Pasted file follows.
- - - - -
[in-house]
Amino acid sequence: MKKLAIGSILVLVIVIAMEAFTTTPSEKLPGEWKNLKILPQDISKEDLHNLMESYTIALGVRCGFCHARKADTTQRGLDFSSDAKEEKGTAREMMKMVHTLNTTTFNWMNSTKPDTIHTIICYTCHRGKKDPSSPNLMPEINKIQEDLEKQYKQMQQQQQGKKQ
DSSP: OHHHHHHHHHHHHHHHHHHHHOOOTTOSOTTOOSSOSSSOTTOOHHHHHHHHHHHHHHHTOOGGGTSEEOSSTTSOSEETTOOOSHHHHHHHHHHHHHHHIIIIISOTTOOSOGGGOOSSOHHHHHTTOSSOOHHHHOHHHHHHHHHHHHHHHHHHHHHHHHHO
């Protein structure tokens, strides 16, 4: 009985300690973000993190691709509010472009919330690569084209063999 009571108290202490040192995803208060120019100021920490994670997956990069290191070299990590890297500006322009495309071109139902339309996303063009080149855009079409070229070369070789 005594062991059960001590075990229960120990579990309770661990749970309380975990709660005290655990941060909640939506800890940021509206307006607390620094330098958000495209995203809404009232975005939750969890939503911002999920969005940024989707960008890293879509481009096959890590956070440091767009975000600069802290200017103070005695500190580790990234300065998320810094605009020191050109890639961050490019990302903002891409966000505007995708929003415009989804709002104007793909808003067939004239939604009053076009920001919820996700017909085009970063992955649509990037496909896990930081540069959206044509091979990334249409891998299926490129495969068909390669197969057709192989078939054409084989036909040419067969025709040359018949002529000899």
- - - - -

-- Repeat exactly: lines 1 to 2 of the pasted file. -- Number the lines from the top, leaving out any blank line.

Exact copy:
[in-house]
Amino acid sequence: MKKLAIGSILVLVIVIAMEAFTTTPSEKLPGEWKNLKILPQDISKEDLHNLMESYTIALGVRCGFCHARKADTTQRGLDFSSDAKEEKGTAREMMKMVHTLNTTTFNWMNSTKPDTIHTIICYTCHRGKKDPSSPNLMPEINKIQEDLEKQYKQMQQQQQGKKQ